Gold prices near session lows following 0.7% rise in U.S. retail sales
(Kitco News) - Gold prices are trading at near session lows as U.S. consumers spent more money in August than expected, easing concerns that the economic recovery is losing momentum.
U.S. retail sales rose 0.7% last month, up sharply from July's revised decline of 1.8%, according to the latest data from the U.S. Commerce Department, released Thursday. The data significantly beat expectations as economists were forecasting a 0.7% decline.
The report said that annually, headline retail sales numbers are up more than 15%
The gold market was seeing some significant selling pressure ahead of the retail sales numbers and as added to its losses. December gold futures last traded at $1,766.70 an ounce, down 1.57% on the day.
Meanwhile, core retail sales, which strips out auto sales, surged higher by 1.8% last month, up from July's 0.4% decline. Economists were expecting to see a 0.1% drop.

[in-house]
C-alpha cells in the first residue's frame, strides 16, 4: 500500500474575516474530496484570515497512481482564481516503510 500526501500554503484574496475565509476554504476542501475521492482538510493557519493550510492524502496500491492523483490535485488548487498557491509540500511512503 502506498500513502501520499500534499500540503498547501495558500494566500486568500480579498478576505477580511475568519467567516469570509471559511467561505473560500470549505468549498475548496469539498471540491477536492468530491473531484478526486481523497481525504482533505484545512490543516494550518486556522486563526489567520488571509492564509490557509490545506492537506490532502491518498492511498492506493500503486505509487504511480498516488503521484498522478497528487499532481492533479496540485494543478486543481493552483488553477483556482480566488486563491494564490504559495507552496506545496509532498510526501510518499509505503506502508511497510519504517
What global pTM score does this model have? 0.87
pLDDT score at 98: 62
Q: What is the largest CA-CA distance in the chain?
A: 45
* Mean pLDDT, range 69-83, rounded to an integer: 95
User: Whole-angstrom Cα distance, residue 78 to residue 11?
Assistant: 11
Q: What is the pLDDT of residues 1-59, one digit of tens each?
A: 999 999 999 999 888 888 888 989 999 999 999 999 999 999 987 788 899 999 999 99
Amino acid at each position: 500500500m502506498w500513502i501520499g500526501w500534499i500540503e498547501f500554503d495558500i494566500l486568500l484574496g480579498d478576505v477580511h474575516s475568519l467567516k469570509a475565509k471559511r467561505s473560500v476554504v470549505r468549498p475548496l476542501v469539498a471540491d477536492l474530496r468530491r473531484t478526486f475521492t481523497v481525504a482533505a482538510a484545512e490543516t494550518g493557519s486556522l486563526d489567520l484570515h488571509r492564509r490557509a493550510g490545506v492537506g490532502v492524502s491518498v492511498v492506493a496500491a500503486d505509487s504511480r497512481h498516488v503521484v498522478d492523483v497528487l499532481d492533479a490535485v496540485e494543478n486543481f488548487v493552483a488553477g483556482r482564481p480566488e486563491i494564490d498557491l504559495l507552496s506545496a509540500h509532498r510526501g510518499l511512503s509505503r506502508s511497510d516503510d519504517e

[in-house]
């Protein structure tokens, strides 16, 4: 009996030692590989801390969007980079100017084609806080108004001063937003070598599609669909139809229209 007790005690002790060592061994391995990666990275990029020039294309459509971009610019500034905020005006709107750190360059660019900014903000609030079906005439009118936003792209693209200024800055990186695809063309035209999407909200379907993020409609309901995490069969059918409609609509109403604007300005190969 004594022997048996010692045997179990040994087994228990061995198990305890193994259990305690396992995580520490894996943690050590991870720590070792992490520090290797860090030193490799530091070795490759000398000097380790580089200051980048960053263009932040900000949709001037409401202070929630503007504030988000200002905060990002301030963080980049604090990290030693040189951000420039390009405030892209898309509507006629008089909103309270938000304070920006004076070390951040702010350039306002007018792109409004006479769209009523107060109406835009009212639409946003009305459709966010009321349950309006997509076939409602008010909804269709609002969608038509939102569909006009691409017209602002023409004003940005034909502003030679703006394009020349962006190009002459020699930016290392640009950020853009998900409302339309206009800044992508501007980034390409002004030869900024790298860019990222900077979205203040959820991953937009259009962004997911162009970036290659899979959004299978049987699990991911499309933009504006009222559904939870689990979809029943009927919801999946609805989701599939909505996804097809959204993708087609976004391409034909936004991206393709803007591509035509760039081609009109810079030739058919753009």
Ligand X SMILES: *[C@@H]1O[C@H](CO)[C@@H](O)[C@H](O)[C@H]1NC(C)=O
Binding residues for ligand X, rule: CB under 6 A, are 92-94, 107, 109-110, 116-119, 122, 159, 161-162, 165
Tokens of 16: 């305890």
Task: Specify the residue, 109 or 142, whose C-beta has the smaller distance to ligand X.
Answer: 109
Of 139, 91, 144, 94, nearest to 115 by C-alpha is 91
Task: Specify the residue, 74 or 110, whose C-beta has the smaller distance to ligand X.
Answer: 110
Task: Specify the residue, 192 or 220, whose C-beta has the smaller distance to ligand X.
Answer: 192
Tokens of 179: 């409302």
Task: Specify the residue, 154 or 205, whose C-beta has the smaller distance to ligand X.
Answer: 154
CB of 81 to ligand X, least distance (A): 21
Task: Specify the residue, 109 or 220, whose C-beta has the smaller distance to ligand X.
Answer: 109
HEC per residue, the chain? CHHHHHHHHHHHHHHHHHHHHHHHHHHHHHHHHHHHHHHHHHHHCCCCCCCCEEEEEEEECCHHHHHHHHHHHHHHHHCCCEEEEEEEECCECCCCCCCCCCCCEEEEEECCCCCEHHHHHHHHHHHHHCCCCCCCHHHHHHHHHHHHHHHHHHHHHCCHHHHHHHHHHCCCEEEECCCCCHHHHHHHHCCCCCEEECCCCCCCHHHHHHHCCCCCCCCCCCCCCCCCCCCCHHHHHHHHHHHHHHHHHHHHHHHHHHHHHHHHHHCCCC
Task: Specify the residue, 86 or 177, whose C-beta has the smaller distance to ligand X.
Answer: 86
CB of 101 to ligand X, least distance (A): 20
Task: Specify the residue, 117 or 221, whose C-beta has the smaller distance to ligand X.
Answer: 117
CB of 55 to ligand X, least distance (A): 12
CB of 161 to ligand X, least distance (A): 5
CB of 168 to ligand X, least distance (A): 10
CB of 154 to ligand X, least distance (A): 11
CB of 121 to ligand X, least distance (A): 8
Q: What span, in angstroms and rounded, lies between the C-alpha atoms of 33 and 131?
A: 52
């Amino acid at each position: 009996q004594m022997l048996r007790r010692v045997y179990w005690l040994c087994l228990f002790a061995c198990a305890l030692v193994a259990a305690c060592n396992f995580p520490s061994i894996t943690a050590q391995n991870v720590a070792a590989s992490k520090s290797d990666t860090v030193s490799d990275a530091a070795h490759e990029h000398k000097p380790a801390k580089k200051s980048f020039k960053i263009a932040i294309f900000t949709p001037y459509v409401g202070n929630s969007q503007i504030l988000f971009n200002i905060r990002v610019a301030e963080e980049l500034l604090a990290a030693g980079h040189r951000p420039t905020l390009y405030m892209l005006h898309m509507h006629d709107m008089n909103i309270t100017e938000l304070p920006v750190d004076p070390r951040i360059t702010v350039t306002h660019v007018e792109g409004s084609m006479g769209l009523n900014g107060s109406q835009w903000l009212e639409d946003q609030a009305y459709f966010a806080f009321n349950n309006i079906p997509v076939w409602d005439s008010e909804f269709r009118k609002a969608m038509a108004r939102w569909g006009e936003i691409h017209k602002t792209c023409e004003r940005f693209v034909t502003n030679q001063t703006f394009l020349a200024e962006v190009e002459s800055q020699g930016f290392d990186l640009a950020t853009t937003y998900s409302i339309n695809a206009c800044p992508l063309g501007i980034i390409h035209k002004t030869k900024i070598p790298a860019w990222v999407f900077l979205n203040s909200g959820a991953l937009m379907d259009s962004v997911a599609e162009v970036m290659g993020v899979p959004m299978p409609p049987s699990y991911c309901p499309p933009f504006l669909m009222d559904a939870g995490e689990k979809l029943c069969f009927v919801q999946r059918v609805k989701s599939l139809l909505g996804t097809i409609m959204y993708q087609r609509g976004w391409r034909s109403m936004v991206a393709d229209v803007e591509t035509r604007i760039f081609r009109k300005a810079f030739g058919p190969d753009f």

The control group, which excludes autos, gas, building materials, and food services and feeds directly into GDP calculations, increased 2.5%. Economists were expecting to see a 0.1% decline.
"This is an impressive report," said Adam Button, chief currency strategist at Forexlive.com. "For some perspective, retail sales are 15.1% higher than a year ago. That's well above the trend and the fear is that it mean reverts. So far, we're not seeing the evidence."
Katherine Judge, senior economist at CIBC noted that the control group is 20% above pre-pandemic levels. However, she added that the impact of COVID-19 has not completely vanished.
“There was evidence of the Delta wave impacting activity as restaurant receipts were flat on the month. Most of the damage from Delta will be in service sectors, delaying the shift in spending from goods to services that had been underway,” she said.
According to some market analysts, the data is weighing on gold prices because it supports expectations that the Federal Reserve could announce its plans to reduces its monthly bond purchase at next week's monetary policy meeting.